To those who carefully guard their Social Security numbers and other information that could allow someone to steal their financial identity, the news this week out of Topeka was stunning.
An investigation conducted by the Kansas Legislature's Division of Post Audit found that many, perhaps hundreds of, surplus state computers had been sold to the general public while they still contained confidential information stored by the original users. That information included thousands of names and Social Security numbers as well as personal information on state employees and password accounts that would come in handy for anyone wanting to hack into the state's computers.
Out of 15 surplus computers tested by the auditors, 10 still contained some data; seven of those 10 held confidential information that the auditors said could be easily accessed using software that is readily available for about $60.
In backtracking this discovery, the auditors found that many state agencies had no policies for removing data from computers that were being discarded. Some thought the state's Surplus Property agency was responsible for clearing the hard drives, but that isn't the case.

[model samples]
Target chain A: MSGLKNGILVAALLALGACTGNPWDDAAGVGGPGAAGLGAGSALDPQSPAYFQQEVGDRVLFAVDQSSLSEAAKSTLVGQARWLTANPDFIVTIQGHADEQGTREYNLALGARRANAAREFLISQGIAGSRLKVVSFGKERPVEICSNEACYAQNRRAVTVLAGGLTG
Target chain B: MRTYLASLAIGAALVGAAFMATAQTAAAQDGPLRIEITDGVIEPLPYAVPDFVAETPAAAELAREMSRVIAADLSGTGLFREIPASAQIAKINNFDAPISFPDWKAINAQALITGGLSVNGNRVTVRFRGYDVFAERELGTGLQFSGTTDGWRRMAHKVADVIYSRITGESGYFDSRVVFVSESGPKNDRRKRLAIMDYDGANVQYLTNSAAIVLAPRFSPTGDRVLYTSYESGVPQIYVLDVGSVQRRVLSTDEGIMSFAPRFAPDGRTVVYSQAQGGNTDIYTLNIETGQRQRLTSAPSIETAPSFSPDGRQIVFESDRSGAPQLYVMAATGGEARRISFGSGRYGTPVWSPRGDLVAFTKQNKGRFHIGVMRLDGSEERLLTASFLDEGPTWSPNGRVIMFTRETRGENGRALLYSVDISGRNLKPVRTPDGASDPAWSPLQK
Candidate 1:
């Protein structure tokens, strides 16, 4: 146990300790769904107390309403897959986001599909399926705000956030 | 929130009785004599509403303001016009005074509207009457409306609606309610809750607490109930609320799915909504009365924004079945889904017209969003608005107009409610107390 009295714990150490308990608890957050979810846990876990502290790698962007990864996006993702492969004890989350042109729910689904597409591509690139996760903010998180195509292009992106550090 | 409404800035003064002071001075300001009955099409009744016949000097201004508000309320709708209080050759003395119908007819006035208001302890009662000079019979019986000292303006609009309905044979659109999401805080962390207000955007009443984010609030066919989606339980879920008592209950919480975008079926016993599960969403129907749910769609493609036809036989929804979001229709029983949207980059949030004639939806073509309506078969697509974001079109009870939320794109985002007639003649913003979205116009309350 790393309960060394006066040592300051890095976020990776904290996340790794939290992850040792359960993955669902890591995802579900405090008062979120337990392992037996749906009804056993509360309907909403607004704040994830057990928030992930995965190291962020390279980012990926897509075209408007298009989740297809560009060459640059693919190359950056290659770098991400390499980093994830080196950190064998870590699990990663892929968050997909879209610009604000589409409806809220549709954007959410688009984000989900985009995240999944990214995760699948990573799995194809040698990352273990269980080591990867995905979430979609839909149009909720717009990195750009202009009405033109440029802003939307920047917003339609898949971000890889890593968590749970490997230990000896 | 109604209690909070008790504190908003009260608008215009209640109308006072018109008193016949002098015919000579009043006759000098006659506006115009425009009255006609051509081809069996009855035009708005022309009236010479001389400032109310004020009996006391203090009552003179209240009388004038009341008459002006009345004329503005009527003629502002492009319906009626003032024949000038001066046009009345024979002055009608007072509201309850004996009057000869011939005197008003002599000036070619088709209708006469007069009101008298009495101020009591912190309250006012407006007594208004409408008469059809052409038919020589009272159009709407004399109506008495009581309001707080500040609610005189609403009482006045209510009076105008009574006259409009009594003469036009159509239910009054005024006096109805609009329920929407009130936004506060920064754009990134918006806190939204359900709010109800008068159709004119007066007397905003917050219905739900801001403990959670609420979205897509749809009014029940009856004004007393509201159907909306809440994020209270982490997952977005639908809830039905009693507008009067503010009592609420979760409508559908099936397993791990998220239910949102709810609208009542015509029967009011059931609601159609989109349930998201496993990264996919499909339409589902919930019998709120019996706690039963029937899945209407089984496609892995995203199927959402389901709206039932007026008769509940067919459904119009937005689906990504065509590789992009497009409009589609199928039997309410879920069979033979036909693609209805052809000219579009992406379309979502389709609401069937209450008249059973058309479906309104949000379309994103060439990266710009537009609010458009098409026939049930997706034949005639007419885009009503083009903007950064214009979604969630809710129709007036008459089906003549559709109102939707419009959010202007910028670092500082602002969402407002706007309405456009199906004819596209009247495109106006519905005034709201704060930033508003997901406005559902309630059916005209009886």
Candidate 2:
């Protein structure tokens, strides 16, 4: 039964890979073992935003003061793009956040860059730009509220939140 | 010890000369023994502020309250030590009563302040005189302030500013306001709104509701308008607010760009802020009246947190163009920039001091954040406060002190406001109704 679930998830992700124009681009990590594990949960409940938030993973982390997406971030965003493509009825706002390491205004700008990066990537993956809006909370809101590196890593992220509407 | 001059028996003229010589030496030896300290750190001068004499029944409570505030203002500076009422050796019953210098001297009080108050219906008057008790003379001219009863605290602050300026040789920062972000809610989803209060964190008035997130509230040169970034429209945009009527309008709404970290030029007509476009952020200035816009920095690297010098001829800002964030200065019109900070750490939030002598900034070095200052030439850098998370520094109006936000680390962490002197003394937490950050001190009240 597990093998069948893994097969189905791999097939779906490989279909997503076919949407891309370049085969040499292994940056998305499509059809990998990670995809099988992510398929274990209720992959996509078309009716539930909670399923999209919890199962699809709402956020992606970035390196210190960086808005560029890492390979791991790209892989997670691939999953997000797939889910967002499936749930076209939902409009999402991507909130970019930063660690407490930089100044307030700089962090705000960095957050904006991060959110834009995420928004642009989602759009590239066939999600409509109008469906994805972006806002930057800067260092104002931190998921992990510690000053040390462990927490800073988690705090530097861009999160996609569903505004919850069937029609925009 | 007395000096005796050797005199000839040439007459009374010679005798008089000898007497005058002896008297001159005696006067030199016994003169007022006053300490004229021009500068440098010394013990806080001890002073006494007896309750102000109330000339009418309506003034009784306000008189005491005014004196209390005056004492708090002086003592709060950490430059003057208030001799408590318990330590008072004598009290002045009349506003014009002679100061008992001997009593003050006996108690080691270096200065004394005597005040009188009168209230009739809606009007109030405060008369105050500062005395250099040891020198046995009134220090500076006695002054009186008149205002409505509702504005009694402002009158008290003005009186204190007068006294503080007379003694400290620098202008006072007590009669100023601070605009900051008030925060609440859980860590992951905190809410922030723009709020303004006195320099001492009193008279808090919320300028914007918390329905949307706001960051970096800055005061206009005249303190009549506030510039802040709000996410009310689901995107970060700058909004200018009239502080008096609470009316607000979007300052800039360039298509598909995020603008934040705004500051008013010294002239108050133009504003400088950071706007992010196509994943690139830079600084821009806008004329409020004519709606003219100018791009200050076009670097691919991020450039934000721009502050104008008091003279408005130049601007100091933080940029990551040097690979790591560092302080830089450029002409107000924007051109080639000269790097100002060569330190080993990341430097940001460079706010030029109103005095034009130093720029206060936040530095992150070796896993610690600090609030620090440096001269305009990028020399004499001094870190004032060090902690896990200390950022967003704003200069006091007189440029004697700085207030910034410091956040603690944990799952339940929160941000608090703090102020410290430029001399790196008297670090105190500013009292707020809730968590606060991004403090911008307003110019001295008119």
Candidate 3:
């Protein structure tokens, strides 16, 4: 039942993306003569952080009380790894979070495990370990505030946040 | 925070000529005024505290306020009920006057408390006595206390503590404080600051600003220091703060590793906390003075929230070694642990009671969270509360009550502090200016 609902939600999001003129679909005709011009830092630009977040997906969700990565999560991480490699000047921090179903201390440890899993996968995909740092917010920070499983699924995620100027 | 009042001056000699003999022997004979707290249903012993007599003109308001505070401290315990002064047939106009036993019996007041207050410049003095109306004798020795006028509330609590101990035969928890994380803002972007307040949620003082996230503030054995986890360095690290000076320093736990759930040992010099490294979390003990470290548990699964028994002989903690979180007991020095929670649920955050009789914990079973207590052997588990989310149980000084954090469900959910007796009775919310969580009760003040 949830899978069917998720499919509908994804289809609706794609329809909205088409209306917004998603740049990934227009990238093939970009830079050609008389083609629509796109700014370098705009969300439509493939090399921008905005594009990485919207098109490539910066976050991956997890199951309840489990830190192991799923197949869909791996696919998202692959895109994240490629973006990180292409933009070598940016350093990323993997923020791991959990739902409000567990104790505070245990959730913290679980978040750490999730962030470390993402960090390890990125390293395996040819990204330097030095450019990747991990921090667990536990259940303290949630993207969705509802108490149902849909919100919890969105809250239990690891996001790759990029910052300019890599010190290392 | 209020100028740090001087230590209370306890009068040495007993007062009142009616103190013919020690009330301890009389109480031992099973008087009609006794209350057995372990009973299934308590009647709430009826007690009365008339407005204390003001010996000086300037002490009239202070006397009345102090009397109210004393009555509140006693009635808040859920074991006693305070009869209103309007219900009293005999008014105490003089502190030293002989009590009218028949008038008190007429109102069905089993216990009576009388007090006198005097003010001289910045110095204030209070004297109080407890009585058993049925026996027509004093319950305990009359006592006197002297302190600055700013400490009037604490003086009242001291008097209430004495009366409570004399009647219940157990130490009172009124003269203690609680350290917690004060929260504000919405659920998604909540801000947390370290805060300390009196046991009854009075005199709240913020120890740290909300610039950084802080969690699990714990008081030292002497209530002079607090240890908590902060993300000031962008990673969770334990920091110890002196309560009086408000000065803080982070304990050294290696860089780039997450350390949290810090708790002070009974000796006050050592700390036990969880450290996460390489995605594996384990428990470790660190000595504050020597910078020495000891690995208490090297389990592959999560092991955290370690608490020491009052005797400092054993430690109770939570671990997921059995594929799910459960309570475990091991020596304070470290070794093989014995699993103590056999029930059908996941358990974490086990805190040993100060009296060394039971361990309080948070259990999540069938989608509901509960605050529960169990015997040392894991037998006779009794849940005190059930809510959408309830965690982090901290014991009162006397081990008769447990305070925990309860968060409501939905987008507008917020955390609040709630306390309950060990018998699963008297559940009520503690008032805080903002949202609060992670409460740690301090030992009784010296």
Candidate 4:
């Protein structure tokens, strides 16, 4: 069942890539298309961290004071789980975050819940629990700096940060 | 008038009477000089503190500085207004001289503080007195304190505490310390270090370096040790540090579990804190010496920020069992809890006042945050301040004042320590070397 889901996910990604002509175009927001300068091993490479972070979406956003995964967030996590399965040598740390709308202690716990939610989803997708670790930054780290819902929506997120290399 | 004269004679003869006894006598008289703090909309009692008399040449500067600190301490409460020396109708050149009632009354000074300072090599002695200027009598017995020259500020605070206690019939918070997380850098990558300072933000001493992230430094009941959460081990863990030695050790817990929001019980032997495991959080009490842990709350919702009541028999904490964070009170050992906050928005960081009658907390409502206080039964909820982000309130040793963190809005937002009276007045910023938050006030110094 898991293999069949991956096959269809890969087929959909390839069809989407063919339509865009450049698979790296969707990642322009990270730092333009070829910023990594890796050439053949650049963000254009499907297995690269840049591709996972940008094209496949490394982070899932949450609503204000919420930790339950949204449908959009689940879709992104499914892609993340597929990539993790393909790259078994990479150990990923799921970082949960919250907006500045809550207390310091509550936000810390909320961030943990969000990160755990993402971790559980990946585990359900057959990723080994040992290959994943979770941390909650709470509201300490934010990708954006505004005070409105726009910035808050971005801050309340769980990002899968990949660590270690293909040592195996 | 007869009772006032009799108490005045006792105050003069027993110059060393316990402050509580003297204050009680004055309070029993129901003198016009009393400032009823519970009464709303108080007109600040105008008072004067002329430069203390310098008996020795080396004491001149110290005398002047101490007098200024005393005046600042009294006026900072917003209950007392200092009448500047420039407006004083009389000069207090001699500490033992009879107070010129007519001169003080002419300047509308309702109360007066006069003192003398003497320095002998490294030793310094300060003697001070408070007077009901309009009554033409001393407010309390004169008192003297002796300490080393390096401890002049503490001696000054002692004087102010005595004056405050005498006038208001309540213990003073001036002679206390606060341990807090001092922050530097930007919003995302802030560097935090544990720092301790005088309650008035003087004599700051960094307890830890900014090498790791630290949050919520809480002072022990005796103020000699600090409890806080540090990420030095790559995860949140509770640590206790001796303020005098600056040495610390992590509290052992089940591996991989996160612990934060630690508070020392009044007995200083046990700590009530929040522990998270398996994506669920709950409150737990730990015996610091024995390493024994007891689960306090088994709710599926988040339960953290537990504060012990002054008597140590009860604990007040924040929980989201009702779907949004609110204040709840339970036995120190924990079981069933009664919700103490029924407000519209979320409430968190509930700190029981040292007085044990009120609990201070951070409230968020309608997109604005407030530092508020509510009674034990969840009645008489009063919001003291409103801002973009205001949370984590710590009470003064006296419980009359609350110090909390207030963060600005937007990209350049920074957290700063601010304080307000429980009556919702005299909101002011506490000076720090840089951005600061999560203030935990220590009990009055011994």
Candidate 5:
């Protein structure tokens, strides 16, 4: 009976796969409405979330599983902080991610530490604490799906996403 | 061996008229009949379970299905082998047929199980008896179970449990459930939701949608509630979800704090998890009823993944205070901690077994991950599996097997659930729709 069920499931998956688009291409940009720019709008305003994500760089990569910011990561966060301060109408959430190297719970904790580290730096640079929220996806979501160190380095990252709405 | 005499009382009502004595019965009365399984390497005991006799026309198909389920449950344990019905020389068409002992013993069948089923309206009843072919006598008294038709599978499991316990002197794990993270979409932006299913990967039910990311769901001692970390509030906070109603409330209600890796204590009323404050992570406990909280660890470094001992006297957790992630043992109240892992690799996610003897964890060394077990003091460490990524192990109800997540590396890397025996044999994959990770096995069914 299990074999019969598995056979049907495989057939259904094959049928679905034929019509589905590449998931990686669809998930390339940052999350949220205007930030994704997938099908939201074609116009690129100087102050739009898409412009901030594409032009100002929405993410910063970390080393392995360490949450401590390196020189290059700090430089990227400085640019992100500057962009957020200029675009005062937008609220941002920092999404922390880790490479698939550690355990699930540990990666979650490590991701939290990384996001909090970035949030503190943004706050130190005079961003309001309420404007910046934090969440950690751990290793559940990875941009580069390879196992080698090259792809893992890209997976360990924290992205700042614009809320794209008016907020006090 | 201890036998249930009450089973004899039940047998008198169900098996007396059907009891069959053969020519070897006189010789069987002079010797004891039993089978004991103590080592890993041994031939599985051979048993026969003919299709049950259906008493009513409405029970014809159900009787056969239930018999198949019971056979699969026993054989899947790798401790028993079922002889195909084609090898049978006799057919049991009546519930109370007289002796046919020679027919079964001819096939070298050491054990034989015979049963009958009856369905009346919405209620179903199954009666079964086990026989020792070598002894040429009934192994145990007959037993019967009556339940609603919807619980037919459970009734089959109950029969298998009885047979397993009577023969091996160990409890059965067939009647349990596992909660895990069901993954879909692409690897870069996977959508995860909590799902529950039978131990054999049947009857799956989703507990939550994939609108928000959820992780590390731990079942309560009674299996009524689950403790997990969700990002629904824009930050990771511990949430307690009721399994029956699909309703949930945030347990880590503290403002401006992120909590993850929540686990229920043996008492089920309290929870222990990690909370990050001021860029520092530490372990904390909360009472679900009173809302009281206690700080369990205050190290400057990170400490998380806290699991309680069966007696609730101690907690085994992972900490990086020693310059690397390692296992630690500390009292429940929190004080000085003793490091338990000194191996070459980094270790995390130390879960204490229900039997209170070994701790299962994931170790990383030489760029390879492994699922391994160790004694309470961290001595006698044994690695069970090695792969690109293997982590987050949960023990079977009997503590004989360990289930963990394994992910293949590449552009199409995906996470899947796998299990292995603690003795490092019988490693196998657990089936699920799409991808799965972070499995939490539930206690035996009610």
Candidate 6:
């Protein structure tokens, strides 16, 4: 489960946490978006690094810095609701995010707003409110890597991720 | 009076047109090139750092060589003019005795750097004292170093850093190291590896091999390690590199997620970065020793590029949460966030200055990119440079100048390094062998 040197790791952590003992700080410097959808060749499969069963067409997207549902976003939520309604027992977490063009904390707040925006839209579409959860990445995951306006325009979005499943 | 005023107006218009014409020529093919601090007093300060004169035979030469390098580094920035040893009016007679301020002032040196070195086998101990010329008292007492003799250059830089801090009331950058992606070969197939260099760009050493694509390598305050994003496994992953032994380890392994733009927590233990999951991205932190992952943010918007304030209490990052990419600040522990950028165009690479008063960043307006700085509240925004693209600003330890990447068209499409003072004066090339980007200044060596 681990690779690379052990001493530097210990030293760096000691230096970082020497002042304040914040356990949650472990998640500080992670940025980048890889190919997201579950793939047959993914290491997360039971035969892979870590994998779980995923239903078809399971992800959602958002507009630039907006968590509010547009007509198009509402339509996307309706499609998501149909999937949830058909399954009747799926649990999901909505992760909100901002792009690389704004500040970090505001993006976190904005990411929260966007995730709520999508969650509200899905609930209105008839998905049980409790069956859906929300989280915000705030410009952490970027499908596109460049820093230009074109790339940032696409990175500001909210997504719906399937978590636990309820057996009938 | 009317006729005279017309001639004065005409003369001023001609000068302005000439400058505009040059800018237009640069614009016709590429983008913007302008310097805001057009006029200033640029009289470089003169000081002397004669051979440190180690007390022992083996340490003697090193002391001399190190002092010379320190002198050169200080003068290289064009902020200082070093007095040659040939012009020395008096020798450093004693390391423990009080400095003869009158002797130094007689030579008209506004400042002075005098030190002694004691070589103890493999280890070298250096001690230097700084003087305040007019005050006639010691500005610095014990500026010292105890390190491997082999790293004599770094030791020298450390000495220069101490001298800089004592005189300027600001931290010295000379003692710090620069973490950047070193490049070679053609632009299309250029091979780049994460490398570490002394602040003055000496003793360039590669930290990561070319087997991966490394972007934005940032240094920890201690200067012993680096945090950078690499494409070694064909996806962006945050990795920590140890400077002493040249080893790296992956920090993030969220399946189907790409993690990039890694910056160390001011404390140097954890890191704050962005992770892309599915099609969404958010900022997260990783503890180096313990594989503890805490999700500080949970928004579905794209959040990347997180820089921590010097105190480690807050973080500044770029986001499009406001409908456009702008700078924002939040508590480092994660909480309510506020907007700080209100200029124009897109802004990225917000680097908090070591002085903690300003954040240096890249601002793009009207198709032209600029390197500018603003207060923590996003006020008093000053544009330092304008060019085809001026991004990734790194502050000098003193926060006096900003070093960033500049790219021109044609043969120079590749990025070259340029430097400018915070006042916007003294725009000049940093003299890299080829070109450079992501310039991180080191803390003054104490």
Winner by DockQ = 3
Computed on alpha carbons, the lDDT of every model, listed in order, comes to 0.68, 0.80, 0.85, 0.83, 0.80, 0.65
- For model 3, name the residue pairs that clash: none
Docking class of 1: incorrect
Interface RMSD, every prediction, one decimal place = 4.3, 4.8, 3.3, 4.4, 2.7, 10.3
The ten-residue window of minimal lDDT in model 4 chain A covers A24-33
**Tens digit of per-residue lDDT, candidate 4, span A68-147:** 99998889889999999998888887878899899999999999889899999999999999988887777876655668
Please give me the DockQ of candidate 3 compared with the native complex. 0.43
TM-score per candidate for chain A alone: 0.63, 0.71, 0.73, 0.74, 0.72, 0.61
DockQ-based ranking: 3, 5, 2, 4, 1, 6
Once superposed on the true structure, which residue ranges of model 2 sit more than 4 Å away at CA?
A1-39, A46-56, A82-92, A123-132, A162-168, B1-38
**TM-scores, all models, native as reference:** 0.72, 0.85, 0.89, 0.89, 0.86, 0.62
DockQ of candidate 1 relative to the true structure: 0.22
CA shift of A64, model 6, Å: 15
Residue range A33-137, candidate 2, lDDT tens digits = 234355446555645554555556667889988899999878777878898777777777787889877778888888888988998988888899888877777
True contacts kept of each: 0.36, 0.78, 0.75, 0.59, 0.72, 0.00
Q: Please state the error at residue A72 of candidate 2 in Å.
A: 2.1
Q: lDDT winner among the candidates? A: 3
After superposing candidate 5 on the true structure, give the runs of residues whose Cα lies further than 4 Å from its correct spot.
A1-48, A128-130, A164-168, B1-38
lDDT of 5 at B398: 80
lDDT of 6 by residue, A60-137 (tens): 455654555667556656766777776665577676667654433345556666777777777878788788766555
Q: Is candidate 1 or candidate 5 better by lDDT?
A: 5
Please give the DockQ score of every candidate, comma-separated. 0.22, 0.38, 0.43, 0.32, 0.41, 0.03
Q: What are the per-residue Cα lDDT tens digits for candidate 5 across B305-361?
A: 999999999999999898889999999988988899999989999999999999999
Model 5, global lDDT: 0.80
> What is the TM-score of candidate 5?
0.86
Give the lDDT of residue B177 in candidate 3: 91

It isn't known how many data-containing computers were sold, but the state reportedly disposed of about 600 computers in the year ending April 30. Because they haven't received any reports linking identity theft to surplus state computers, state officials seem to be adopting the attitude of "no harm, no foul," but who knows what information now is floating around waiting to be plucked off and used for nefarious purposes?
State officials are considering whether to try to track down the computers that were purchased, but that would be next to impossible. It seems that all state residents can do is watch their bank and credit card accounts and keep their fingers crossed.
State agencies said they would immediately tighten up their procedures for disposing of computers. That's good, but it could be coming too late. Considering how little money the state probably makes from selling outdated computers as surplus, it might make more sense, both financially and for security reasons, to simply destroy the computers when they are taken out of service.
The news about the computers is another example of the Legislative Division of Post Audit more than earning its keep for state taxpayers. It's good that legislators decided to ask the questions that led to the computer audit; it's just too bad they didn't start asking a little sooner.